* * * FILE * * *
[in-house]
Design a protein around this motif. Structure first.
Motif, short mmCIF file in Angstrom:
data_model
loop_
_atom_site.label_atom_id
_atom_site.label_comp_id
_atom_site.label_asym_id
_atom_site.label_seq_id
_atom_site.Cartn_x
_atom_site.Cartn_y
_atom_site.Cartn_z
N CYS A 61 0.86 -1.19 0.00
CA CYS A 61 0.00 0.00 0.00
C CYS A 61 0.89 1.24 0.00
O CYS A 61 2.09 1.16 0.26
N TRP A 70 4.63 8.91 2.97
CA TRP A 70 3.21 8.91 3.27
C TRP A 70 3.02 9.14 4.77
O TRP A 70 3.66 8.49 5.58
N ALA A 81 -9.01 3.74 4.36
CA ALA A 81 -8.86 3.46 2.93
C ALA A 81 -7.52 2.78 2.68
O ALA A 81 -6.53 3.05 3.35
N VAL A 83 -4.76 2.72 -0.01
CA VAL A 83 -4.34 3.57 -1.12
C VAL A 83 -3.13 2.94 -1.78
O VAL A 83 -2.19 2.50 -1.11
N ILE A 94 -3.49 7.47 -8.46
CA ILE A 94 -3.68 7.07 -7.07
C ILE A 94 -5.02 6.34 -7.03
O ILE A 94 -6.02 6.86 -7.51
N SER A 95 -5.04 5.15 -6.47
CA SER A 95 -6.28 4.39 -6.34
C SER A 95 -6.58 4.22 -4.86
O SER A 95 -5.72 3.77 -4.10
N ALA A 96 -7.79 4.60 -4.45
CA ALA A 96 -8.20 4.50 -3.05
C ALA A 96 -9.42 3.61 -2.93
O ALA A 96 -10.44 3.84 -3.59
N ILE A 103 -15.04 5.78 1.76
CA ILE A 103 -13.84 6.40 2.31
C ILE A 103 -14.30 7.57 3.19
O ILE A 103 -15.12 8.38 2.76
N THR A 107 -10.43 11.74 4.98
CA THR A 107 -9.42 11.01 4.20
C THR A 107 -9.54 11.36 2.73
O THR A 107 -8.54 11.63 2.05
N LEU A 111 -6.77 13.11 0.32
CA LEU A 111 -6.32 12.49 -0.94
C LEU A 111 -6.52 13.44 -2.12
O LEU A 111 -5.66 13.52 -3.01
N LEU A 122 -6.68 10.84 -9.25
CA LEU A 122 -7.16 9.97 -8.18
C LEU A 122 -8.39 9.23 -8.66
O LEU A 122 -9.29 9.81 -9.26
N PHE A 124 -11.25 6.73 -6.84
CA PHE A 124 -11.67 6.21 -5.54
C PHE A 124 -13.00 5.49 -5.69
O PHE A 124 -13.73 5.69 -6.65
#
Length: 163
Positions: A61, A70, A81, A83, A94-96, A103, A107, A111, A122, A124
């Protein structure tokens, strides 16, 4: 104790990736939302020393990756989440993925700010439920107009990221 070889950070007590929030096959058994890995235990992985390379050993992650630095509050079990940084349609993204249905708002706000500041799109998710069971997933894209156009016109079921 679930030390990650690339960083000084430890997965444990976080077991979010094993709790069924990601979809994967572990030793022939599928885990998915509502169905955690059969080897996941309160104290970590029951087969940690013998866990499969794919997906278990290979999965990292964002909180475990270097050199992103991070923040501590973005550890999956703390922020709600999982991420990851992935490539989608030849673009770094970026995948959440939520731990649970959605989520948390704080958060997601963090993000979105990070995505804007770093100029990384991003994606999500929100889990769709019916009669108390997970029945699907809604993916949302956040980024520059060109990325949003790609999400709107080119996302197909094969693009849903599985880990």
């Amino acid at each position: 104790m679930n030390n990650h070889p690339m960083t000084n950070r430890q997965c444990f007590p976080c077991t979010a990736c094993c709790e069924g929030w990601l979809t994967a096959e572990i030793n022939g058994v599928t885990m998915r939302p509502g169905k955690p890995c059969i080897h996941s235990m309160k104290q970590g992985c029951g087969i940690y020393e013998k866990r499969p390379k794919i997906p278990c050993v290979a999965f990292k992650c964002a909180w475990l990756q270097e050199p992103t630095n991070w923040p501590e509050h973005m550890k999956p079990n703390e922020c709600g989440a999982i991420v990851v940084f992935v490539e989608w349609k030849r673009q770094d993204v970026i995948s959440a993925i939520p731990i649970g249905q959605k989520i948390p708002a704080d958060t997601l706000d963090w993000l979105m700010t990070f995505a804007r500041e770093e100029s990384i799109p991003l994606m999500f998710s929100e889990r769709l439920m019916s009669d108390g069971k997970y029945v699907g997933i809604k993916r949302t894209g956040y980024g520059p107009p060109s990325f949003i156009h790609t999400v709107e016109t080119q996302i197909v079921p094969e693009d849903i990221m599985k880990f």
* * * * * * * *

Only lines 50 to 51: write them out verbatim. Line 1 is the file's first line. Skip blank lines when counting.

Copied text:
CA LEU A 111 -6.32 12.49 -0.94
C LEU A 111 -6.52 13.44 -2.12